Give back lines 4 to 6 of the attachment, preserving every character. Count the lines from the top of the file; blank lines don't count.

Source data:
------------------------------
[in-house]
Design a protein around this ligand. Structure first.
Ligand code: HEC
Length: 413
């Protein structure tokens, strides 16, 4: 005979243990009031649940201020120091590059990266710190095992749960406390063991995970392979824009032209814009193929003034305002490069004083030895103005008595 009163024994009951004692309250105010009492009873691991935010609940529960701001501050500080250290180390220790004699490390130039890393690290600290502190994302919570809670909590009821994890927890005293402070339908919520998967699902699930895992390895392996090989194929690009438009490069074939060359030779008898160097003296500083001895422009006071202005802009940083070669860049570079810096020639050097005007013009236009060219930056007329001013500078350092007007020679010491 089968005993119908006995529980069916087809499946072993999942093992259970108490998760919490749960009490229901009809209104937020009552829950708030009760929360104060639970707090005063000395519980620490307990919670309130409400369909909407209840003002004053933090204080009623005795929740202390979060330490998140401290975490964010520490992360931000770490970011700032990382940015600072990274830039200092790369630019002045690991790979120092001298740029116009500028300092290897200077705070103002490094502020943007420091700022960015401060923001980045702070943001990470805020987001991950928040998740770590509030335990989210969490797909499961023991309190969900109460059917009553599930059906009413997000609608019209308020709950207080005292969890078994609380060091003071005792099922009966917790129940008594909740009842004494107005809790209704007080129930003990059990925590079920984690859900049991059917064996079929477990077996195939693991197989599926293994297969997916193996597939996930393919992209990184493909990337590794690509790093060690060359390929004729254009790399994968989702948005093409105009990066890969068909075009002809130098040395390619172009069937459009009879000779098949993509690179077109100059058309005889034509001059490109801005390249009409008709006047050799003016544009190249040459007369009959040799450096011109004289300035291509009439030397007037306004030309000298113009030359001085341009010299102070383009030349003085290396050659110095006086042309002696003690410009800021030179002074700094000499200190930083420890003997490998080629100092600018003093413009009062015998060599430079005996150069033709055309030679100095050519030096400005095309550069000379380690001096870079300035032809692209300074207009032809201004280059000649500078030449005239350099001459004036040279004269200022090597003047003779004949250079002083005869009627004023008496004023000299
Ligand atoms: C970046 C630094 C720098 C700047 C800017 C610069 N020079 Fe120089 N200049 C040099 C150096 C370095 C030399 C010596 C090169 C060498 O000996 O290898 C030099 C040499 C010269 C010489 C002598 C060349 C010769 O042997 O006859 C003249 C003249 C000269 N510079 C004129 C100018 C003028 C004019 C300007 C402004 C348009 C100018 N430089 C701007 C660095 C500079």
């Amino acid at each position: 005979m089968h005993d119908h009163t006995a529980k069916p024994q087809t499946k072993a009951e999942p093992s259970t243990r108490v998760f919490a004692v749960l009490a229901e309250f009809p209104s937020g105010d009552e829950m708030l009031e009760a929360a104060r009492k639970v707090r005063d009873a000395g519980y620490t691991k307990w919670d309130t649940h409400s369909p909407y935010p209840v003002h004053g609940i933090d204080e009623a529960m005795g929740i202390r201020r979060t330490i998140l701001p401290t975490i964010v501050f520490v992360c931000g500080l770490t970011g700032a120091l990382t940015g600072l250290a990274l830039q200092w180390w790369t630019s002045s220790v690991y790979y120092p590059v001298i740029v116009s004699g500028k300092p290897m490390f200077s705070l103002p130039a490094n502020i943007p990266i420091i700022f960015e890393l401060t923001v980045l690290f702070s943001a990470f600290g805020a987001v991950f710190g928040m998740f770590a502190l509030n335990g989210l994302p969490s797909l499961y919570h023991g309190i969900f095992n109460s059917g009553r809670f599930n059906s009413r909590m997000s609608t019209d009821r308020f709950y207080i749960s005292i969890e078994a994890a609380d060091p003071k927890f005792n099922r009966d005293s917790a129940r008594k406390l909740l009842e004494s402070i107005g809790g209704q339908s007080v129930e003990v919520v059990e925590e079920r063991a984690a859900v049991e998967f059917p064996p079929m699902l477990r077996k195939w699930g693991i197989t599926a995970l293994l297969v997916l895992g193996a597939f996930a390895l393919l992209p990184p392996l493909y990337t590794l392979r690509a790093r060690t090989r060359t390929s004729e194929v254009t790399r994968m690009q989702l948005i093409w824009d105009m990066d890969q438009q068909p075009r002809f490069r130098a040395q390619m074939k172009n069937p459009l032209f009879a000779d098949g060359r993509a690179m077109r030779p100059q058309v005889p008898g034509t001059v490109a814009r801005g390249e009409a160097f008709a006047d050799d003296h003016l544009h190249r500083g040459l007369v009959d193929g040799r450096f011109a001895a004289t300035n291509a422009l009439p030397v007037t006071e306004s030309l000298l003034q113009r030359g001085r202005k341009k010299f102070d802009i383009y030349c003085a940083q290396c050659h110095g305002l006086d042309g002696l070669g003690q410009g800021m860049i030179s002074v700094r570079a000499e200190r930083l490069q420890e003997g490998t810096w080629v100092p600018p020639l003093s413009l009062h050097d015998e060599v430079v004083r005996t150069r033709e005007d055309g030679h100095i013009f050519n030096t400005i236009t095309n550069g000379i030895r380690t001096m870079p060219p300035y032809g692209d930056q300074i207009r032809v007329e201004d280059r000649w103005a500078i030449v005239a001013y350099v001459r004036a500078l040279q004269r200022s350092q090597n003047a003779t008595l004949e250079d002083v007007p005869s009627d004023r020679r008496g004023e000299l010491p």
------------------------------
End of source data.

Length: 413
């Protein structure tokens, strides 16, 4: 005979243990009031649940201020120091590059990266710190095992749960406390063991995970392979824009032209814009193929003034305002490069004083030895103005008595 009163024994009951004692309250105010009492009873691991935010609940529960701001501050500080250290180390220790004699490390130039890393690290600290502190994302919570809670909590009821994890927890005293402070339908919520998967699902699930895992390895392996090989194929690009438009490069074939060359030779008898160097003296500083001895422009006071202005802009940083070669860049570079810096020639050097005007013009236009060219930056007329001013500078350092007007020679010491 089968005993119908006995529980069916087809499946072993999942093992259970108490998760919490749960009490229901009809209104937020009552829950708030009760929360104060639970707090005063000395519980620490307990919670309130409400369909909407209840003002004053933090204080009623005795929740202390979060330490998140401290975490964010520490992360931000770490970011700032990382940015600072990274830039200092790369630019002045690991790979120092001298740029116009500028300092290897200077705070103002490094502020943007420091700022960015401060923001980045702070943001990470805020987001991950928040998740770590509030335990989210969490797909499961023991309190969900109460059917009553599930059906009413997000609608019209308020709950207080005292969890078994609380060091003071005792099922009966917790129940008594909740009842004494107005809790209704007080129930003990059990925590079920984690859900049991059917064996079929477990077996195939693991197989599926293994297969997916193996597939996930393919992209990184493909990337590794690509790093060690060359390929004729254009790399994968989702948005093409105009990066890969068909075009002809130098040395390619172009069937459009009879000779098949993509690179077109100059058309005889034509001059490109801005390249009409008709006047050799003016544009190249040459007369009959040799450096011109004289300035291509009439030397007037306004030309000298113009030359001085341009010299102070383009030349003085290396050659110095006086042309002696003690410009800021030179002074700094000499200190930083420890003997490998080629100092600018003093413009009062015998060599430079005996150069033709055309030679100095050519030096400005095309550069000379380690001096870079300035032809692209300074207009032809201004280059000649500078030449005239350099001459004036040279004269200022090597003047003779004949250079002083005869009627004023008496004023000299
Ligand atoms: C970046 C630094 C720098 C700047 C800017 C610069 N020079 Fe120089 N200049 C040099 C150096 C370095 C030399 C010596 C090169 C060498 O000996 O290898 C030099 C040499 C010269 C010489 C002598 C060349 C010769 O042997 O006859 C003249 C003249 C000269 N510079 C004129 C100018 C003028 C004019 C300007 C402004 C348009 C100018 N430089 C701007 C660095 C500079």